Forums EDUCATION/SCHOOLS 10 Of The Deadliest Diseases In Africa

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    Adeyemi
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    • "Total posts= 69
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    1. Pneumonia and Other Lower Respiratory Tract Infections
    We have come to the ultimate killer disease in Africa;
    Pneumonia and other lower respiratory tract infections are the leading cause of deaths among Africans. It affects both children and adults and unlike most other diseases, it leaves little room for intervention. In most cases of Lower respiratory infections, early treatment is the key. Such diseases like pneumonia, bronchitis and bronchiolitis kill an estimated 4.2 million people across the world and death toll is higher in countries with restricted access to healthcare facility.
    Pneumonia alone is responsible for 90% of all lower respiratory tract infections and is one of the most deadly diseases in Africa where it is responsible for taking the lives of more than 800,000 people every year.

    2. HIV/AIDS
    Human immunodeficiency virus (HIV) is the virus that causes A (AIDS), a disease that attacks the immune system, causing its progressive failure and at the end, allowing opportunistic infections. HIV/AIDS is among the 10 most widespread African diseases yet it is one of the most preventable. In Africa, there is no region that is exempt from HIV/AIDS. Heterosexual transmission accounts for most cases of HIV transmission. There are more than 33 million people infected with HIV/AIDS and 65 percent of these individuals live in sub-Saharan Africa.
    HIV is spread primarily by unprotected sexual intercourse with someone who has HIV (most especially among homosexuals). Other routes of infection include: sharing needles, syringes, or unsterilized invasive instruments, babies born to an infected mother. There are strong evidence that we are winning the race against HIV/AIDS; reports from some of the African countries which have the highest HIV prevalence on record shows that the rates of new HIV infections have been cut down dramatically since 2001; by 41% in South Africa and Swaziland, 50% in Zimbabwe, 58% in Zambia, 68% in Namibia, 71% in Botswana and 73% in Malawi.In addition, sub-Saharan Africa has reduced AIDS-related deaths by one-third in the past six years and increased the number of people on anti-retroviral treatment by 59% in the last two years alone.

    3. Malaria
    Malaria affects more than 500 million people annually, causing between 1 and 3 million deaths. It has become a household name in Africa but when it comes to taking lives, it does so without mercy. In a study that was done in 2012 on malaria, it has been established that malaria kills twice as many people every year as was formerly thought, taking 1.2 million lives and causing the deaths many including older children and very young adults especially those under 15 years of age. The prevalence rate of malaria is exorbitantly high especially in the sub-Saharan Africa where up to 90% of all cases are known to occur. Following infection, complications like anemia, cerebral malaria and swelling of the spleen may occur.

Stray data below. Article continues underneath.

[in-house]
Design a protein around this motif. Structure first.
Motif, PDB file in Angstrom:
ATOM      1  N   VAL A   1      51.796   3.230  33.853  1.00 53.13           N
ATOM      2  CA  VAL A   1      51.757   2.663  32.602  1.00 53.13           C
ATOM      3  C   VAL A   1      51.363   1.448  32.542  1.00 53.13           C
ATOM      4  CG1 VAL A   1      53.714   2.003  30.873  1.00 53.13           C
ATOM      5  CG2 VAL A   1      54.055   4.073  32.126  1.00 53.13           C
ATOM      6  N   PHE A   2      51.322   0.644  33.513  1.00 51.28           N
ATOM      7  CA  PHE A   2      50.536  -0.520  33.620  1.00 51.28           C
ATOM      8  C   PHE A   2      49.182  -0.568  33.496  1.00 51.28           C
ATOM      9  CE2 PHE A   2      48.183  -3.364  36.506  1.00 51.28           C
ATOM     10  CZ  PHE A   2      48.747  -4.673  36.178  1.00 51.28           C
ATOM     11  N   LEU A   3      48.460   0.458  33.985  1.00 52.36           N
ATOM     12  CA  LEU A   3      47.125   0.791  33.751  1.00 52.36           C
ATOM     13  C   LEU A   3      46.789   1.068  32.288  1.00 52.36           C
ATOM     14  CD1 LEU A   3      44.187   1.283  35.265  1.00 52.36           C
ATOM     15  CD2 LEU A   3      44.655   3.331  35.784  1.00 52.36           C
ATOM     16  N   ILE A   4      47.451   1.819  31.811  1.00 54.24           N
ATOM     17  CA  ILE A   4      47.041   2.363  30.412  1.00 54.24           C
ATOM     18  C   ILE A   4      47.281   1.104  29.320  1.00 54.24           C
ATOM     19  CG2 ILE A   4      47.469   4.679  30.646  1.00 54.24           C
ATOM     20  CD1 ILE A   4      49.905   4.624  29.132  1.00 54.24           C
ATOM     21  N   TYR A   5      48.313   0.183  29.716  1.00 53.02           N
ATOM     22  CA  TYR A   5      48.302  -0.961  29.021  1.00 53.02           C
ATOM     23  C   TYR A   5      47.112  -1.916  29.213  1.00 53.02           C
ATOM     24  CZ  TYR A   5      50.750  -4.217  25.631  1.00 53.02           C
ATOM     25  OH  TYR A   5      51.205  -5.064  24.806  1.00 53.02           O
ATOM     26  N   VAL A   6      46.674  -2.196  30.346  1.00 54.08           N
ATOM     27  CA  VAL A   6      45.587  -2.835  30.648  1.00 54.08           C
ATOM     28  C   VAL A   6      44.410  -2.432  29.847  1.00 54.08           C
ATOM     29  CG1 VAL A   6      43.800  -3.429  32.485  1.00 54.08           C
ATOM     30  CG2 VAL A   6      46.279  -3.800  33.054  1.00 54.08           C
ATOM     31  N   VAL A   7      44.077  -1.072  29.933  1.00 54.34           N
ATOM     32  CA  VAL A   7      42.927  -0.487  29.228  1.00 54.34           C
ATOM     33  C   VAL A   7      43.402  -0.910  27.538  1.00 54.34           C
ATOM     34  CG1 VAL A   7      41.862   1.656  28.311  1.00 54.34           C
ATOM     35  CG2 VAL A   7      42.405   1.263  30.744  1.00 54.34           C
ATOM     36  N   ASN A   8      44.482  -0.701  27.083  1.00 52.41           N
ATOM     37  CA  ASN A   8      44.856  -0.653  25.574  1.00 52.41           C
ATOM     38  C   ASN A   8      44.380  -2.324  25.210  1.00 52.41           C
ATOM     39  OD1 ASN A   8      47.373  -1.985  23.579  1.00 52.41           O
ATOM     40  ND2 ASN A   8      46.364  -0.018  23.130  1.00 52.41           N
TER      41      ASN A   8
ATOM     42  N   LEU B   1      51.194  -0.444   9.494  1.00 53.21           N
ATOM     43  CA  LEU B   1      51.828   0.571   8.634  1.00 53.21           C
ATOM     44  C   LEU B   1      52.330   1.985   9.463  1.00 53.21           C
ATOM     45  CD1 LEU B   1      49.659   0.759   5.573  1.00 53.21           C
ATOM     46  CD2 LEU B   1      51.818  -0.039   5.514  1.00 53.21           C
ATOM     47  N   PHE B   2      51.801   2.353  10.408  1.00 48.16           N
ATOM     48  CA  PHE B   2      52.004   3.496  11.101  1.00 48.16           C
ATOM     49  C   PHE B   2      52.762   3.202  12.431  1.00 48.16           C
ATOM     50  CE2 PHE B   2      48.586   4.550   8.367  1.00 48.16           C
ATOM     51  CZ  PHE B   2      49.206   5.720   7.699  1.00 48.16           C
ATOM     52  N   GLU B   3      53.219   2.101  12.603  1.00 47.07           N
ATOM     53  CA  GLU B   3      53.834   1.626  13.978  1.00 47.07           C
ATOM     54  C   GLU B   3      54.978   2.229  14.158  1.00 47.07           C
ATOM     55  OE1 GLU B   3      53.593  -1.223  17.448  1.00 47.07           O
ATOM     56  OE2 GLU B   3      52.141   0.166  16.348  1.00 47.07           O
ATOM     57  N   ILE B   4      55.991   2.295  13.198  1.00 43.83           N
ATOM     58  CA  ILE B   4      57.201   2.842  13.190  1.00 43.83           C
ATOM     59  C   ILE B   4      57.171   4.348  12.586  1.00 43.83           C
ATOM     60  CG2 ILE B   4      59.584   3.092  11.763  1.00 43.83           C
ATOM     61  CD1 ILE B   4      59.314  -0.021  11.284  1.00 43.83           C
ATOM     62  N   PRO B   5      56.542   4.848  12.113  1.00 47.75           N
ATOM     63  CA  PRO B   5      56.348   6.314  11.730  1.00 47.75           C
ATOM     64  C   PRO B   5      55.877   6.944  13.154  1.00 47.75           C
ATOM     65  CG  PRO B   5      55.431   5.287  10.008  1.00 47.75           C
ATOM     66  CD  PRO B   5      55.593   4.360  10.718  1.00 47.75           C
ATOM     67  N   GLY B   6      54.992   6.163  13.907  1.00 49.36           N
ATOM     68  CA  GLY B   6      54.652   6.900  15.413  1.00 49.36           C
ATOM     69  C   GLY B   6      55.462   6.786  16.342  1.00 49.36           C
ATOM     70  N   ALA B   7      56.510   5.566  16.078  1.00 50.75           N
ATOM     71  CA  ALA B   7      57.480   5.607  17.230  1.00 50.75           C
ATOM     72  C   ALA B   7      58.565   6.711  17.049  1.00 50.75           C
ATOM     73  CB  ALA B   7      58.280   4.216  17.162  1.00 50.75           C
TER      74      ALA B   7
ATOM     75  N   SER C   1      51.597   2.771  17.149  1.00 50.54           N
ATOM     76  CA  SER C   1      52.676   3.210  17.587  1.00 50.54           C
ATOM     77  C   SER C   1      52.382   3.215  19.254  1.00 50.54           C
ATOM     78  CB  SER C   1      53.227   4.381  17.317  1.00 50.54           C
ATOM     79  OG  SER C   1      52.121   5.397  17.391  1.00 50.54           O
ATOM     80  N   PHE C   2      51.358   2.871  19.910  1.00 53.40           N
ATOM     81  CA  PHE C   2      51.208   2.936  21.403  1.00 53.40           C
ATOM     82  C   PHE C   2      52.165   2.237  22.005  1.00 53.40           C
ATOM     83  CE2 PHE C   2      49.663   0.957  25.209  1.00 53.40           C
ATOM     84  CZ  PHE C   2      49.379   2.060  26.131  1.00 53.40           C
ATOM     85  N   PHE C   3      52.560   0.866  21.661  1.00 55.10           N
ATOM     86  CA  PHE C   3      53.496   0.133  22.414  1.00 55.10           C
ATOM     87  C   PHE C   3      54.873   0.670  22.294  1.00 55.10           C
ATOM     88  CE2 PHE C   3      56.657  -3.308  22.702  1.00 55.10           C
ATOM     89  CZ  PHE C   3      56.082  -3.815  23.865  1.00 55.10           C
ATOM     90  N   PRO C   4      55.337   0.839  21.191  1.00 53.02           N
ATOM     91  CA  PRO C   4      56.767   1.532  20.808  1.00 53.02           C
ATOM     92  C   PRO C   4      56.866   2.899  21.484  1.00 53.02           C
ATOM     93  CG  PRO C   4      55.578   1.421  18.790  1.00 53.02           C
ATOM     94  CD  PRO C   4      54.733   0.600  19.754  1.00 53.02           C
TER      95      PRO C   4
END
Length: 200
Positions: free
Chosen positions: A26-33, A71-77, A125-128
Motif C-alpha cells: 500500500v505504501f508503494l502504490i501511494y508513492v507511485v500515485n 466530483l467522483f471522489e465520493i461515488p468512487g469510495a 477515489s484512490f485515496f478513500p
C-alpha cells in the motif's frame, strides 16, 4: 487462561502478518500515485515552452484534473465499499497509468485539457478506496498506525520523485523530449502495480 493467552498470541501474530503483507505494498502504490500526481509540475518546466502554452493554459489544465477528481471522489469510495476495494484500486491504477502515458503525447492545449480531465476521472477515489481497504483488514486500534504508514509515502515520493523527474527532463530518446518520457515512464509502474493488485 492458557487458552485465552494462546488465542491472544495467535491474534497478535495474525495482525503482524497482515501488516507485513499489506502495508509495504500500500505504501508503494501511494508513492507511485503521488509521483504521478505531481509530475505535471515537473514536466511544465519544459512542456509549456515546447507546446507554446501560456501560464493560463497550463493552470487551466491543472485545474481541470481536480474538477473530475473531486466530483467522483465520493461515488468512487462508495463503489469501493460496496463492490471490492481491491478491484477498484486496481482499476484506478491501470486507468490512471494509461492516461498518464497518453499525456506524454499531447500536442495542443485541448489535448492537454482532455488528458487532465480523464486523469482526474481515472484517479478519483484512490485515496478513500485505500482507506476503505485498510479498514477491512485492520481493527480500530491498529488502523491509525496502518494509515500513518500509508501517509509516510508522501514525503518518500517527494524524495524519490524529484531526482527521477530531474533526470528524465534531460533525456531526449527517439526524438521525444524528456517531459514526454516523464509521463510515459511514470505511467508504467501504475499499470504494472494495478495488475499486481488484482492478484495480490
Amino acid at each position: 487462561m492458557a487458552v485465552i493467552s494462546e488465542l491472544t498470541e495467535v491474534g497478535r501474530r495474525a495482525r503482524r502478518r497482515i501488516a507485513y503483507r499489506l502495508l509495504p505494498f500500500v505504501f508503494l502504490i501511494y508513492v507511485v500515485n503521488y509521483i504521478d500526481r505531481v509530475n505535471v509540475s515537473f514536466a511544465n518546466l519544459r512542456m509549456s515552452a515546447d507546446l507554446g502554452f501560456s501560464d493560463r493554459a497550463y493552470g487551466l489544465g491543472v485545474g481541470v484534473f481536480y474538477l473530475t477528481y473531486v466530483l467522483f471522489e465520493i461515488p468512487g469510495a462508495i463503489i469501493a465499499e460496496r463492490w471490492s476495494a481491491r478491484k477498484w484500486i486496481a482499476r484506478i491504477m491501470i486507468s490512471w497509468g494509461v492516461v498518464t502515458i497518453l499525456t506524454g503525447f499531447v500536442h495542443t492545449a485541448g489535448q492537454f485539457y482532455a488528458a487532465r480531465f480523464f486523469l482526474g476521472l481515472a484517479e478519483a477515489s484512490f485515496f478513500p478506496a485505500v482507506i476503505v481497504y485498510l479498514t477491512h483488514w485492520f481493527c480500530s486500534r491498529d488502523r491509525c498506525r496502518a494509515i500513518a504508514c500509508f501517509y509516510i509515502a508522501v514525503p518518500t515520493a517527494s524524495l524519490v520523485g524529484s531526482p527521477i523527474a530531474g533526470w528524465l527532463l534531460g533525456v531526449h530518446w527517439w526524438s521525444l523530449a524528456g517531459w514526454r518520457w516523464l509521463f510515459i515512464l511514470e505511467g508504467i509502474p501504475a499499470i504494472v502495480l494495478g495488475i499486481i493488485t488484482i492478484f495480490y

4. Diarrhoea
    Diarrhoea is the passage of three or more loose in any given day (In some cases, it is defined passage of stool more frequently than is normal for the individual). It is a disease that is so common in Africa more especially within the poorest and developing countries. There are 4 billion cases of diarrhea every year and about 2.2 million people die from it most of them being children under 2 years. In Africa, diarrhea is so predominant that it is responsible for 8% of all deaths in Africa. In cases where the diarrhea is a result of contaminated living conditions such as polluted water, it can lead to up to 1 in 5 deaths. Most diarrheal deaths actually result from severe dehydration and not from the diarrhea itself. Diarrhea is one of the diseases that is most common in Africa because of high rates of malnutrition which is prevalent in the continent.

    5. Tuberculosis
    Tuberculosis is one of the major diseases in Africa that kills after a long period of inflicting a debilitating condition on the victims. More than 2 million people die every year from tuberculosis. In Africa, tuberculosis is much more common and since HIV/AIDS started ravaging the lives of many, the duo have formed an unholy alliance. People die more from tuberculosis in Africa than they die elsewhere. About one-third of the world’s population is infected with tuberculosis and there are over 8 million new cases developing each year. What this means is that one in 3 to 4 people you come across on the street have been infected with TB, however, the disease only becomes reactivated when the immune system is low or when you become closely exposed to a chronic sufferer and you start harbouring lots of the
    .
    The typical TB infection attacks the lungs but is not limited to this organ as it can equally infect other parts of the body. TB is so deadly that it kills more than 50% of those infected when they are left untreated. New infections occur at a rate of about one every second and in Africa, more individuals are more liable to contract TB because of low immune system caused by higher rates of AIDS and malnutrition. Immunization, allowing proper ventilation, adequate diet and good personal hygiene are one of the sure ways to prevent TB.
    See more: http://www.fineyemiblog.com/2017/01/10-of-deadliest-diseases-in-africa.html


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    #937910 Reply
    Andrey_Timms™
    Andrey_Timms™
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    hmmm


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